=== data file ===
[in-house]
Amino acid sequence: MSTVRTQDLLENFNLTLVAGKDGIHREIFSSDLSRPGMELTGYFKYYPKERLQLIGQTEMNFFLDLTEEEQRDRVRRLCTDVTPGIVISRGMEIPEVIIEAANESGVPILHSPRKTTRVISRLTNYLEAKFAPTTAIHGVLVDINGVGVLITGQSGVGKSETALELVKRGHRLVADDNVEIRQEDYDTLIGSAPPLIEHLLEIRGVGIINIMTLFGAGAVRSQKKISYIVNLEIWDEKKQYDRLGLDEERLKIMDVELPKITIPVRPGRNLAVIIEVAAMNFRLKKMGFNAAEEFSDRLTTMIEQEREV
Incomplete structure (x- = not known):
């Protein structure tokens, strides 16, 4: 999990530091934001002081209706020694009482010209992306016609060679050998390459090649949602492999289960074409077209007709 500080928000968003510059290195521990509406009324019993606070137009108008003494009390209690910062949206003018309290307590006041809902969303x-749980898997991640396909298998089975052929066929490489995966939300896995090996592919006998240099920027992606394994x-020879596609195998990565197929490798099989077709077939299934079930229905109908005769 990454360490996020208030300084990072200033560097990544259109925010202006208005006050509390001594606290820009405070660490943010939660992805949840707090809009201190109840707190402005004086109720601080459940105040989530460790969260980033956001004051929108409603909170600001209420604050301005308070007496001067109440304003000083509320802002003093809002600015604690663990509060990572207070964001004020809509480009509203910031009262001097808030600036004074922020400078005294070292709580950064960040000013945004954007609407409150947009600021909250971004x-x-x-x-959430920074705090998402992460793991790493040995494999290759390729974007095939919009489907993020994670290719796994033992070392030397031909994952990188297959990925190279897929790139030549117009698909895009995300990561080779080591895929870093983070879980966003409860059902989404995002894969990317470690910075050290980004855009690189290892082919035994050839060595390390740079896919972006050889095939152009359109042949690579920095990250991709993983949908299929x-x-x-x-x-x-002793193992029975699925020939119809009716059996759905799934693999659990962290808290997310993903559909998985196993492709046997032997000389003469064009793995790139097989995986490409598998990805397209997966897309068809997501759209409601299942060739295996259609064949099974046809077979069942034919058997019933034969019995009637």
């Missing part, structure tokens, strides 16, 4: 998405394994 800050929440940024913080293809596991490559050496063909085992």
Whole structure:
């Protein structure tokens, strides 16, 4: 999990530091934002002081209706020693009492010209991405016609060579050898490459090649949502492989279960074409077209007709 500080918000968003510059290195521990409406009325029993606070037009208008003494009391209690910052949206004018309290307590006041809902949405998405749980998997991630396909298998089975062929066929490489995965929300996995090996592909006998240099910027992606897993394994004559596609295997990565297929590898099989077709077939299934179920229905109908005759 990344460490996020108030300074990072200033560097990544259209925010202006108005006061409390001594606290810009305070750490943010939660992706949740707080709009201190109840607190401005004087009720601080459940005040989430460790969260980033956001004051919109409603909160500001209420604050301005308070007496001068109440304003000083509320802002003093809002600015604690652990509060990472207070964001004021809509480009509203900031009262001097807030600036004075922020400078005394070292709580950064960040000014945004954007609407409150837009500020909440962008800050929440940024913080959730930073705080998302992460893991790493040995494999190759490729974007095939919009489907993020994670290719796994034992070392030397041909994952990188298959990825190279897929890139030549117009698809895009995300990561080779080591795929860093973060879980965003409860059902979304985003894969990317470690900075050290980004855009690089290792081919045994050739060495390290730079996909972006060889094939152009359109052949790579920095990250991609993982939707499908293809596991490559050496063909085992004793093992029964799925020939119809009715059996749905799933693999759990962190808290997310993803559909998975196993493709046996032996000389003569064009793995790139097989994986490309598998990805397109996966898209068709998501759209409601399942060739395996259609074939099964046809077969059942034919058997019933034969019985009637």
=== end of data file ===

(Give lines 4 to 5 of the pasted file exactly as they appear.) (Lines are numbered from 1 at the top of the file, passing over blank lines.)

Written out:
């Protein structure tokens, strides 16, 4: 999990530091934001002081209706020694009482010209992306016609060679050998390459090649949602492999289960074409077209007709 500080928000968003510059290195521990509406009324019993606070137009108008003494009390209690910062949206003018309290307590006041809902969303x-749980898997991640396909298998089975052929066929490489995966939300896995090996592919006998240099920027992606394994x-020879596609195998990565197929490798099989077709077939299934079930229905109908005769 990454360490996020208030300084990072200033560097990544259109925010202006208005006050509390001594606290820009405070660490943010939660992805949840707090809009201190109840707190402005004086109720601080459940105040989530460790969260980033956001004051929108409603909170600001209420604050301005308070007496001067109440304003000083509320802002003093809002600015604690663990509060990572207070964001004020809509480009509203910031009262001097808030600036004074922020400078005294070292709580950064960040000013945004954007609407409150947009600021909250971004x-x-x-x-959430920074705090998402992460793991790493040995494999290759390729974007095939919009489907993020994670290719796994033992070392030397031909994952990188297959990925190279897929790139030549117009698909895009995300990561080779080591895929870093983070879980966003409860059902989404995002894969990317470690910075050290980004855009690189290892082919035994050839060595390390740079896919972006050889095939152009359109042949690579920095990250991709993983949908299929x-x-x-x-x-x-002793193992029975699925020939119809009716059996759905799934693999659990962290808290997310993903559909998985196993492709046997032997000389003469064009793995790139097989995986490409598998990805397209997966897309068809997501759209409601299942060739295996259609064949099974046809077979069942034919058997019933034969019995009637």
């Missing part, structure tokens, strides 16, 4: 998405394994 800050929440940024913080293809596991490559050496063909085992």